The Fourth of July is upon us and with this comes cookouts, family parties, booze, and way too much food. Depending on what your day job is, maybe you have a few days off to enjoy or maybe your grinding through the holiday weekend. Whatever you may be doing this weekend, chances are if you are reading this then you will probably have a camera by your side or at least looking to shoot some photos over the next couple of days. While holidays can be a chance to put down your camera and just relax, they can also be a great opportunity to spend some time shooting what you love or fine tuning your skills. No matter what you are doing this weekend, here are some tips to help you make the best out of your weekend and help improve your photography.
Always Bring Your Camera
How many times have you been walking out the door and thought to yourself, "Should I bring my camera?" Let me answer that for you: Yes! If you are a photographer you should always have a camera with you, in my opinion. Whether it is your iPhone or DSLR, if you want to get better then take more photos. Your job is to creatively capture moments as they unfold. You never know what may happen, where you might end up, or what moment you want to preserve. Maybe a quick creative mobile shot turns into a moment a friend or family member will remember for the rest of their lives. Once they know you are capable of taking a great shot in any circumstance, who do you think they are going to call when they need to hire a photographer?
Bringing your camera to parties is a great way to practice shooting and it is always nice to capture memories of your friends and family. I love to bring my camera to annual Fourth of July parties. While not every shot is a keeper, I have captured some moments that are truly priceless. Bringing your camera to a party is always a great way to network. Don't be afraid to bring a few business cards and hand them out to anyone who shows interest in photography.
Shoot the Fireworks
Shooting fireworks is a great way to experiment with different techniques and still enjoy the night's festivities. You can experiment with shooting long exposures or you can try stacking multiple images to create one photo with multiple fireworks going off. If you're a wedding photographer, why not experiment with sparklers. Sparklers are often used at weddings and if you have never shot them before, they can be a blast to work with. Experiment with creative ways to capture movement using them and fine tune your skills so that when the time comes to shoot them in a wedding environment, you are ready to go. For more advice on shooting fireworks check out Casey Berbers' article "7 Tips for Photographing Fireworks this Fourth of July."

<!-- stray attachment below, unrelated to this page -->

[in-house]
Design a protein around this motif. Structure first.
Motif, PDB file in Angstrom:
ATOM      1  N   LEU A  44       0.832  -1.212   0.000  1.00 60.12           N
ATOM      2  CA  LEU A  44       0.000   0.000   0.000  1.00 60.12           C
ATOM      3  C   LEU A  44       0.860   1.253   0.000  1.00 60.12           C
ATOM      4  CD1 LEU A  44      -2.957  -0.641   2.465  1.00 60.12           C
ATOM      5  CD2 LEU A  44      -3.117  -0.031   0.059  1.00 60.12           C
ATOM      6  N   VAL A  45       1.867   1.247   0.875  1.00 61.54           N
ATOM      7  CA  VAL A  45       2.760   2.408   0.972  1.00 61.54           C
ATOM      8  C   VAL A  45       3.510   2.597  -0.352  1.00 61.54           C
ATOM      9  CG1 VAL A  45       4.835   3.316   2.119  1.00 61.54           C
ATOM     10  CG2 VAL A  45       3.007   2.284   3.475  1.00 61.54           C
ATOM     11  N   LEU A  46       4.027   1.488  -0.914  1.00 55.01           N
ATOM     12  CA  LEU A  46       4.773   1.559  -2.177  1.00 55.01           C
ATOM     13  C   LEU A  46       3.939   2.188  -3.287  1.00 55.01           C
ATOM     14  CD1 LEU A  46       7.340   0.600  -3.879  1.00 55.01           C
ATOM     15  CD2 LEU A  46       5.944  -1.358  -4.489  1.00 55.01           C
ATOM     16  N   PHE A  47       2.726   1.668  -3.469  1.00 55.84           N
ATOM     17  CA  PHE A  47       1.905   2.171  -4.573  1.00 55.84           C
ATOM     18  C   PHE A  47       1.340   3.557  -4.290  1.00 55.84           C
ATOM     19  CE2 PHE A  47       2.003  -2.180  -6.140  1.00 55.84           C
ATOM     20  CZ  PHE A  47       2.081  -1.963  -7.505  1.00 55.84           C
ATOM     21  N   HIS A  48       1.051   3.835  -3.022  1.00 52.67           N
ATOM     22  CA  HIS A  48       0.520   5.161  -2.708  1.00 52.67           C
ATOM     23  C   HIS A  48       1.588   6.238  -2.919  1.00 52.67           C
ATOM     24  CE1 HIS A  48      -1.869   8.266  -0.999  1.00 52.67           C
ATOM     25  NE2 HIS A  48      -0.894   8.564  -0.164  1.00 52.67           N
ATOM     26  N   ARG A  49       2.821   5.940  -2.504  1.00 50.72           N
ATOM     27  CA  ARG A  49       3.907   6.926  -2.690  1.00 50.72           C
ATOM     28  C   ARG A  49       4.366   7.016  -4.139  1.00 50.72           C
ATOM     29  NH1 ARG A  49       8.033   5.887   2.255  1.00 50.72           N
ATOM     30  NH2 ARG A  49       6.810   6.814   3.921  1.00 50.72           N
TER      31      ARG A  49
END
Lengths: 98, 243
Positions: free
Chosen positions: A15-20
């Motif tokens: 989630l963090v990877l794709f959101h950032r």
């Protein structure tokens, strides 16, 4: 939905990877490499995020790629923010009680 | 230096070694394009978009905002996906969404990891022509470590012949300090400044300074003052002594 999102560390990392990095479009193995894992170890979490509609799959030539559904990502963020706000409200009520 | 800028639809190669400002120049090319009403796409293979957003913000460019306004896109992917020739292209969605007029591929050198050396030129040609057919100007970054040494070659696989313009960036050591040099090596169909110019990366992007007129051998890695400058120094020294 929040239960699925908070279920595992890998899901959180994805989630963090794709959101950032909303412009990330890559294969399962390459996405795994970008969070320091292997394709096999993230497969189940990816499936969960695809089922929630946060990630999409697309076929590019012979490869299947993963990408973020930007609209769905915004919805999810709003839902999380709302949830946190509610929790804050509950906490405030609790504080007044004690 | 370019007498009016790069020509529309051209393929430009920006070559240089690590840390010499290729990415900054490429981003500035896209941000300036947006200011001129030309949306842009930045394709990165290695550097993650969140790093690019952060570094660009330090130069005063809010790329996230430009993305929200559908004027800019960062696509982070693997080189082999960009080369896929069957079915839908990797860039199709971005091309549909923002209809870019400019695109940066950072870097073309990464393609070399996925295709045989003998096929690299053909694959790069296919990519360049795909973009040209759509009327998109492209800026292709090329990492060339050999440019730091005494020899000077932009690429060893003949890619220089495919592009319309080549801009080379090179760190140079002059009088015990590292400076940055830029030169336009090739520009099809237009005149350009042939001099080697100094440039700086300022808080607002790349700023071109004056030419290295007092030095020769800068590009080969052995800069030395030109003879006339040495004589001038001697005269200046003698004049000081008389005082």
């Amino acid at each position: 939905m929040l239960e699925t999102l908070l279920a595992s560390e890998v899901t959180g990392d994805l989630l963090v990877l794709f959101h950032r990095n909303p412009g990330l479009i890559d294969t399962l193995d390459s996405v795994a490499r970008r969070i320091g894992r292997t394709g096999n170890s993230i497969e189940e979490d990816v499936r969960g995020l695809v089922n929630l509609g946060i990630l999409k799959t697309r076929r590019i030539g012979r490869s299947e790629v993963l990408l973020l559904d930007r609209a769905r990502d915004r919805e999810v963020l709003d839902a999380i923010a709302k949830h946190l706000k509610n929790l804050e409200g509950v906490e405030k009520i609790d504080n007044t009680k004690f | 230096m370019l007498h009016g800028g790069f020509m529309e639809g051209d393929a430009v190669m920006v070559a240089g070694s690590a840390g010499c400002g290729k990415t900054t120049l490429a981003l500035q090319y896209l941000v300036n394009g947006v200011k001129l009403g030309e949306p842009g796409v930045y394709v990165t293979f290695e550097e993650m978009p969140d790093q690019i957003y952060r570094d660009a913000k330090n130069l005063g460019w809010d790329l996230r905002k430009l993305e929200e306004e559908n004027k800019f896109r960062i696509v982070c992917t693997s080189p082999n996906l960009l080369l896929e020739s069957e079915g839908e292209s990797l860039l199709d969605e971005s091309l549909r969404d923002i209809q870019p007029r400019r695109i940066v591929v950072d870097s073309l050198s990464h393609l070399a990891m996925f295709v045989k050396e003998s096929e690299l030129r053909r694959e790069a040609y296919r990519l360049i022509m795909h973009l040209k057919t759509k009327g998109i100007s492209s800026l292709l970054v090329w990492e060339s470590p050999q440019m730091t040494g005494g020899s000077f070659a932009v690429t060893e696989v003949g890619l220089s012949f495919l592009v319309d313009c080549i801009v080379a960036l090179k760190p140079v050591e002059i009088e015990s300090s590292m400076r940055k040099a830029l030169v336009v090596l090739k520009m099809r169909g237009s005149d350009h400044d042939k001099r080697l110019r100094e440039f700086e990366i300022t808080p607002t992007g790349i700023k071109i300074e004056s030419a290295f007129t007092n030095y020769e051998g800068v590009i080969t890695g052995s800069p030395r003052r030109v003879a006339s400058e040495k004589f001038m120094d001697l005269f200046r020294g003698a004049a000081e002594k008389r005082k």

Not everyone is a food photographer, but with parties and BBQ's on the menu there can be some great opportunities to get some practice. Take time and pay attention to decor, colors, and layout. You can combine seasonal themes with the food at your BBQ and set up some beautiful shots. People often go all out with the decorations this time of year and using these props in your photography can set the vibe and create a nice summer party theme.
I'm not sure about your family, but I know that my family sure loves to cook. Whether it is dinner, desert, or appetizers, a tremendous amount of work always goes into preparation. I love to try and capture some of the foodie moments that are in front of me. Food is a huge part of family history as well as an awesome way to keep a visual history to go along with recipes you may want to remember.
Whatever you may be doing this holiday weekend, remember that staying active with your camera is the best way to improve your work. If you've been shooting non-stop for the past three months and need a break, then take it. There is nothing wrong with it. But for a majority of photographers who don't shoot full-time, the festivities of the Fourth of July can be a great time to get some practice in.